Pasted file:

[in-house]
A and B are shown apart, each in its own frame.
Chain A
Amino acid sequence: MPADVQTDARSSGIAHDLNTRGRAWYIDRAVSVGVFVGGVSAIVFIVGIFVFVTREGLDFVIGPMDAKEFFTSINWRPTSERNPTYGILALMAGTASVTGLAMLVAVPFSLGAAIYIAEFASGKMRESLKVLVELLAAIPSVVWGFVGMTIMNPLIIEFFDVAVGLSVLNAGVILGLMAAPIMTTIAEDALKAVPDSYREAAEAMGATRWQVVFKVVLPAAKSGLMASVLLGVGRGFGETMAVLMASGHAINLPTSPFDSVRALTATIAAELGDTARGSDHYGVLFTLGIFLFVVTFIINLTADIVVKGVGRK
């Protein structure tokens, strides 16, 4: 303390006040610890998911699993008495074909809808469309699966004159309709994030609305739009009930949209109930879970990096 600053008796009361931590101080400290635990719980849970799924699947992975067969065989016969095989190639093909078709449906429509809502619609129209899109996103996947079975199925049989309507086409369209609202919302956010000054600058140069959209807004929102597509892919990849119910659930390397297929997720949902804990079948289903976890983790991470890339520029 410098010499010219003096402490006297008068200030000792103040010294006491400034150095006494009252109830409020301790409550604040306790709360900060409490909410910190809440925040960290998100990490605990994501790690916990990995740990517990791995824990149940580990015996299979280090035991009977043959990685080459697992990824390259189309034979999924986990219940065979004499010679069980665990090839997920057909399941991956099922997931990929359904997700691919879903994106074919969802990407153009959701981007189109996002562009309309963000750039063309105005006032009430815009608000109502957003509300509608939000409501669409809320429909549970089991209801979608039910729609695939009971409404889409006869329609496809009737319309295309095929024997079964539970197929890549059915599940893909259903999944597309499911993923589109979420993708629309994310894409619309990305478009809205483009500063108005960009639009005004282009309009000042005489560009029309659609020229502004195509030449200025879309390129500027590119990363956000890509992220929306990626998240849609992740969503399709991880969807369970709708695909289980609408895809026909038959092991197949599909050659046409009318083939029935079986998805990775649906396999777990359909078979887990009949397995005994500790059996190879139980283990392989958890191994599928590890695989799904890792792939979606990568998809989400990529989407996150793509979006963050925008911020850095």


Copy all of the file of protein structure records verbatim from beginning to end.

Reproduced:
[in-house]
A and B are shown apart, each in its own frame.
Chain A
Amino acid sequence: MPADVQTDARSSGIAHDLNTRGRAWYIDRAVSVGVFVGGVSAIVFIVGIFVFVTREGLDFVIGPMDAKEFFTSINWRPTSERNPTYGILALMAGTASVTGLAMLVAVPFSLGAAIYIAEFASGKMRESLKVLVELLAAIPSVVWGFVGMTIMNPLIIEFFDVAVGLSVLNAGVILGLMAAPIMTTIAEDALKAVPDSYREAAEAMGATRWQVVFKVVLPAAKSGLMASVLLGVGRGFGETMAVLMASGHAINLPTSPFDSVRALTATIAAELGDTARGSDHYGVLFTLGIFLFVVTFIINLTADIVVKGVGRK
């Protein structure tokens, strides 16, 4: 303390006040610890998911699993008495074909809808469309699966004159309709994030609305739009009930949209109930879970990096 600053008796009361931590101080400290635990719980849970799924699947992975067969065989016969095989190639093909078709449906429509809502619609129209899109996103996947079975199925049989309507086409369209609202919302956010000054600058140069959209807004929102597509892919990849119910659930390397297929997720949902804990079948289903976890983790991470890339520029 410098010499010219003096402490006297008068200030000792103040010294006491400034150095006494009252109830409020301790409550604040306790709360900060409490909410910190809440925040960290998100990490605990994501790690916990990995740990517990791995824990149940580990015996299979280090035991009977043959990685080459697992990824390259189309034979999924986990219940065979004499010679069980665990090839997920057909399941991956099922997931990929359904997700691919879903994106074919969802990407153009959701981007189109996002562009309309963000750039063309105005006032009430815009608000109502957003509300509608939000409501669409809320429909549970089991209801979608039910729609695939009971409404889409006869329609496809009737319309295309095929024997079964539970197929890549059915599940893909259903999944597309499911993923589109979420993708629309994310894409619309990305478009809205483009500063108005960009639009005004282009309009000042005489560009029309659609020229502004195509030449200025879309390129500027590119990363956000890509992220929306990626998240849609992740969503399709991880969807369970709708695909289980609408895809026909038959092991197949599909050659046409009318083939029935079986998805990775649906396999777990359909078979887990009949397995005994500790059996190879139980283990392989958890191994599928590890695989799904890792792939979606990568998809989400990529989407996150793509979006963050925008911020850095």